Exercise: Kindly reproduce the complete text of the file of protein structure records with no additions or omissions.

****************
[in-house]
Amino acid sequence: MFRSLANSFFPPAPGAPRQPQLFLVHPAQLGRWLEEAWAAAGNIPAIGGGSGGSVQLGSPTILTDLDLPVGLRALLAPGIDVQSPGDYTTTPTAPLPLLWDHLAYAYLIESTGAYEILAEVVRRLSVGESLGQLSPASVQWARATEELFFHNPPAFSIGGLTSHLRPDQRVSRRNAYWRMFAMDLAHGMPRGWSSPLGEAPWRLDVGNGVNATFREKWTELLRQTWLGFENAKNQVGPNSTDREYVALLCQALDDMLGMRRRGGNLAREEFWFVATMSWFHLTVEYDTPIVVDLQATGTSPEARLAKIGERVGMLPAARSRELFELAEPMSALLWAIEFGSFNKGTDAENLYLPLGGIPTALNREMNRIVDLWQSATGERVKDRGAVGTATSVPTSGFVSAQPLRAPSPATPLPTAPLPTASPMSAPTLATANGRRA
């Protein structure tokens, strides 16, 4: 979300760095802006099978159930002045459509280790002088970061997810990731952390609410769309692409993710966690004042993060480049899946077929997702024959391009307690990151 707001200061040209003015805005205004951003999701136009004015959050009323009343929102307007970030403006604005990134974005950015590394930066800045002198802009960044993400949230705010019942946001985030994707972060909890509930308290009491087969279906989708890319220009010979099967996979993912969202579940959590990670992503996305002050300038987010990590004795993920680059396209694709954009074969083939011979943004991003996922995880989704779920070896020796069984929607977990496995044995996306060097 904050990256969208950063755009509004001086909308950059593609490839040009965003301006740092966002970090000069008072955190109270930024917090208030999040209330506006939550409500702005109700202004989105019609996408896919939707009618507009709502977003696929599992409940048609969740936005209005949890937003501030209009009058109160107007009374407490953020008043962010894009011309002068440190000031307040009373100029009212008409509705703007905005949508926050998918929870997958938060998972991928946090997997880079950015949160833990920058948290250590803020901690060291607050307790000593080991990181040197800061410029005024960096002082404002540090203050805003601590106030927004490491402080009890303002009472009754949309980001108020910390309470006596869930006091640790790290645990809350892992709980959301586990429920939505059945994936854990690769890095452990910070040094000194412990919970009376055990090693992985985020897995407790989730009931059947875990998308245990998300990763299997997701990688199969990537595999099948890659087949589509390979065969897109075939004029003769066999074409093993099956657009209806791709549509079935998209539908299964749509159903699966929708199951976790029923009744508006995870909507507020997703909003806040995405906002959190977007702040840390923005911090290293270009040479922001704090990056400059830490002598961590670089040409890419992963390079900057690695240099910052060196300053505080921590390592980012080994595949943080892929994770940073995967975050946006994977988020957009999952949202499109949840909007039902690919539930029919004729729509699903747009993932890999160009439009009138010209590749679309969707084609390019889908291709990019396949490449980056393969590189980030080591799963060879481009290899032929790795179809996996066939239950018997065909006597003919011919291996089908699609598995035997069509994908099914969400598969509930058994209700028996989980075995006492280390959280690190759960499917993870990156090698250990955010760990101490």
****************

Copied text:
[in-house]
Amino acid sequence: MFRSLANSFFPPAPGAPRQPQLFLVHPAQLGRWLEEAWAAAGNIPAIGGGSGGSVQLGSPTILTDLDLPVGLRALLAPGIDVQSPGDYTTTPTAPLPLLWDHLAYAYLIESTGAYEILAEVVRRLSVGESLGQLSPASVQWARATEELFFHNPPAFSIGGLTSHLRPDQRVSRRNAYWRMFAMDLAHGMPRGWSSPLGEAPWRLDVGNGVNATFREKWTELLRQTWLGFENAKNQVGPNSTDREYVALLCQALDDMLGMRRRGGNLAREEFWFVATMSWFHLTVEYDTPIVVDLQATGTSPEARLAKIGERVGMLPAARSRELFELAEPMSALLWAIEFGSFNKGTDAENLYLPLGGIPTALNREMNRIVDLWQSATGERVKDRGAVGTATSVPTSGFVSAQPLRAPSPATPLPTAPLPTASPMSAPTLATANGRRA
């Protein structure tokens, strides 16, 4: 979300760095802006099978159930002045459509280790002088970061997810990731952390609410769309692409993710966690004042993060480049899946077929997702024959391009307690990151 707001200061040209003015805005205004951003999701136009004015959050009323009343929102307007970030403006604005990134974005950015590394930066800045002198802009960044993400949230705010019942946001985030994707972060909890509930308290009491087969279906989708890319220009010979099967996979993912969202579940959590990670992503996305002050300038987010990590004795993920680059396209694709954009074969083939011979943004991003996922995880989704779920070896020796069984929607977990496995044995996306060097 904050990256969208950063755009509004001086909308950059593609490839040009965003301006740092966002970090000069008072955190109270930024917090208030999040209330506006939550409500702005109700202004989105019609996408896919939707009618507009709502977003696929599992409940048609969740936005209005949890937003501030209009009058109160107007009374407490953020008043962010894009011309002068440190000031307040009373100029009212008409509705703007905005949508926050998918929870997958938060998972991928946090997997880079950015949160833990920058948290250590803020901690060291607050307790000593080991990181040197800061410029005024960096002082404002540090203050805003601590106030927004490491402080009890303002009472009754949309980001108020910390309470006596869930006091640790790290645990809350892992709980959301586990429920939505059945994936854990690769890095452990910070040094000194412990919970009376055990090693992985985020897995407790989730009931059947875990998308245990998300990763299997997701990688199969990537595999099948890659087949589509390979065969897109075939004029003769066999074409093993099956657009209806791709549509079935998209539908299964749509159903699966929708199951976790029923009744508006995870909507507020997703909003806040995405906002959190977007702040840390923005911090290293270009040479922001704090990056400059830490002598961590670089040409890419992963390079900057690695240099910052060196300053505080921590390592980012080994595949943080892929994770940073995967975050946006994977988020957009999952949202499109949840909007039902690919539930029919004729729509699903747009993932890999160009439009009138010209590749679309969707084609390019889908291709990019396949490449980056393969590189980030080591799963060879481009290899032929790795179809996996066939239950018997065909006597003919011919291996089908699609598995035997069509994908099914969400598969509930058994209700028996989980075995006492280390959280690190759960499917993870990156090698250990955010760990101490």